How A Law From 1964 Suddenly Protects Transgender Government Workers

<> on May 20, 2010 in Washington, DC.Attorney General Eric Holder released a memo Thursday outlining the Justice Department’s decision to redefine its interpretation of the Civil Rights Act of 1964 to explicitly prohibit workplace discrimination against transgender people.

Effective immediately, the Justice Department can now prosecute on behalf of people who claim to have been discriminated against by state and local public employers based on sex identity.

“The federal government’s approach to this issue has also evolved over time,” Holder wrote in the memo, adding that the new interpretation is the “most straightforward reading” of the law.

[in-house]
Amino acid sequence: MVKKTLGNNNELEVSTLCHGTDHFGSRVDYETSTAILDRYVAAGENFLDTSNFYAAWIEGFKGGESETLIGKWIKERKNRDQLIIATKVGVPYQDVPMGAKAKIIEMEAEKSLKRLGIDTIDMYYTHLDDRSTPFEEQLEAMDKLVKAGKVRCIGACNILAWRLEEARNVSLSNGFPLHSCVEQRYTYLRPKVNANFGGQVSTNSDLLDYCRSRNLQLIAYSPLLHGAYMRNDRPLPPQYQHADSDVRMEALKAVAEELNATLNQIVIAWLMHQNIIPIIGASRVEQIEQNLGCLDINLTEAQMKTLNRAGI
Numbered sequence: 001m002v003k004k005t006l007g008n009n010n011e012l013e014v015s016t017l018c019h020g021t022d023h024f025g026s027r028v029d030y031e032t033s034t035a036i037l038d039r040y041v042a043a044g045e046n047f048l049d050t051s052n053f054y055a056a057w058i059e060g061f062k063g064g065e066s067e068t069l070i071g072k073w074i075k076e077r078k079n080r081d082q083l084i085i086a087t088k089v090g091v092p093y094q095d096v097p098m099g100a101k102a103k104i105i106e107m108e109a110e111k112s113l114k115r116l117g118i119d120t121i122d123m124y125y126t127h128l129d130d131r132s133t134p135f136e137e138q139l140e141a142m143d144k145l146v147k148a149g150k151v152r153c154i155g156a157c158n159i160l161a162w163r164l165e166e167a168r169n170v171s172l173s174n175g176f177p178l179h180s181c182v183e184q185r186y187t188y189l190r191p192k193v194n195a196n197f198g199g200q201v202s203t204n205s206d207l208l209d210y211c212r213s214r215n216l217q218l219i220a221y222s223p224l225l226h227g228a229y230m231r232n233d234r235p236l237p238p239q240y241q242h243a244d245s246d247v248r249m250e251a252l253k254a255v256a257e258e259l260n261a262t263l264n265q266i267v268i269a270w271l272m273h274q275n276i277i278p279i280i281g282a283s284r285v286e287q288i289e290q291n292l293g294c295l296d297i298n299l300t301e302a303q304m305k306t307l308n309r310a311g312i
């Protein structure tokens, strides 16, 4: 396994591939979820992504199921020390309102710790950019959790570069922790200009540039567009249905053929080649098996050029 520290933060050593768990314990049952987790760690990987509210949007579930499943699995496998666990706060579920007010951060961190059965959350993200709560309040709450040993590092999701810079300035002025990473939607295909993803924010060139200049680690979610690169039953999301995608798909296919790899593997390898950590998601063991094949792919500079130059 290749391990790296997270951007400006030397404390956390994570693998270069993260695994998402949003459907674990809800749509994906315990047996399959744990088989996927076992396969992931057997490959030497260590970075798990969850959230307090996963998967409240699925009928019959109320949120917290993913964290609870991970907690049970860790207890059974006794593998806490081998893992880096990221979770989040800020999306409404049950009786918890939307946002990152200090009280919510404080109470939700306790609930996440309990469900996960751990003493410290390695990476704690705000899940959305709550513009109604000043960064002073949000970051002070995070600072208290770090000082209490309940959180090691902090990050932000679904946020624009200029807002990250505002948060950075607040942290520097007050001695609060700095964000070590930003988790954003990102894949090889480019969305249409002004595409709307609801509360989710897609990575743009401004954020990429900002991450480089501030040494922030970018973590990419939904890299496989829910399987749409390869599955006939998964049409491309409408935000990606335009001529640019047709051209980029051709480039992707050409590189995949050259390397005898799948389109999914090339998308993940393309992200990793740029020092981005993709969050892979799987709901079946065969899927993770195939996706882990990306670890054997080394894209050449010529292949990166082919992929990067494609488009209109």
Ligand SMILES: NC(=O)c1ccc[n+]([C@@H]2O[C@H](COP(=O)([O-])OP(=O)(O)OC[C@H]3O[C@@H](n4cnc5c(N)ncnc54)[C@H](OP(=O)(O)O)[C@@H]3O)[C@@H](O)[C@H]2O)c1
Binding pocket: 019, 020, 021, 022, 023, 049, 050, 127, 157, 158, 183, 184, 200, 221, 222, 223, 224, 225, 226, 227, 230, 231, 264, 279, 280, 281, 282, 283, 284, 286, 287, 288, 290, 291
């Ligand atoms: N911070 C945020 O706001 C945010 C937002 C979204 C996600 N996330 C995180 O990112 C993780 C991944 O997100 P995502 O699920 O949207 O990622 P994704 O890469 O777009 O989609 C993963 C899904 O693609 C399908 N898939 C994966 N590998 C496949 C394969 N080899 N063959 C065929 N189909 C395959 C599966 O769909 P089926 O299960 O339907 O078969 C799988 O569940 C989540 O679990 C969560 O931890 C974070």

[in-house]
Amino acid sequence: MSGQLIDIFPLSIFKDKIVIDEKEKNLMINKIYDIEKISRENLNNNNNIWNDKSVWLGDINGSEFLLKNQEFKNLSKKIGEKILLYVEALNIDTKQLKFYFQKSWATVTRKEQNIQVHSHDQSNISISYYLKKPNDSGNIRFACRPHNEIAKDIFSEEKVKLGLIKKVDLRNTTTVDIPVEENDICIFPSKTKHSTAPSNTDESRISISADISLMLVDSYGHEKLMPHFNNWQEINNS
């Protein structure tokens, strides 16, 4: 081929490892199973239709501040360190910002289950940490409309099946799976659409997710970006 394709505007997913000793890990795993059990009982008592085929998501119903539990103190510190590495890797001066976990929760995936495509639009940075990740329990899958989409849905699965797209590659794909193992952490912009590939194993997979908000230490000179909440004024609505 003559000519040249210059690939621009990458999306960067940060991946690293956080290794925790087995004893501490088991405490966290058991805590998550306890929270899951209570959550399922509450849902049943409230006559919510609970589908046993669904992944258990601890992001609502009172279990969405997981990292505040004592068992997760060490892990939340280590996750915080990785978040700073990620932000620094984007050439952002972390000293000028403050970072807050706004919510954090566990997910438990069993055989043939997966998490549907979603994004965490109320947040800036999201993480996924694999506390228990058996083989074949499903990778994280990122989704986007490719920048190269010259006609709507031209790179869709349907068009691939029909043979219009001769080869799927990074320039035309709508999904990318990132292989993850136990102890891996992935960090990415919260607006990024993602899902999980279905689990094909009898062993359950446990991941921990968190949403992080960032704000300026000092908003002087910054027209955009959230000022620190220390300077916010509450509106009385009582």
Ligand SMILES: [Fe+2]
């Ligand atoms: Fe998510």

This is essentially a 180 from their decision in 2006 under George W. Bush that stated the law did not cover transgender workplace protections.

Holder’s memo comes on the tail of a series of moves from the Obama administration to grant stronger workplace rights to transgender employees. In July, Obama ordered protection for gay/trans employees of the federal government or companies with active federal contracts.

The Justice Department has no authority, however, to sue private employers, so the memo does not affect them.

via LGBTQ Nation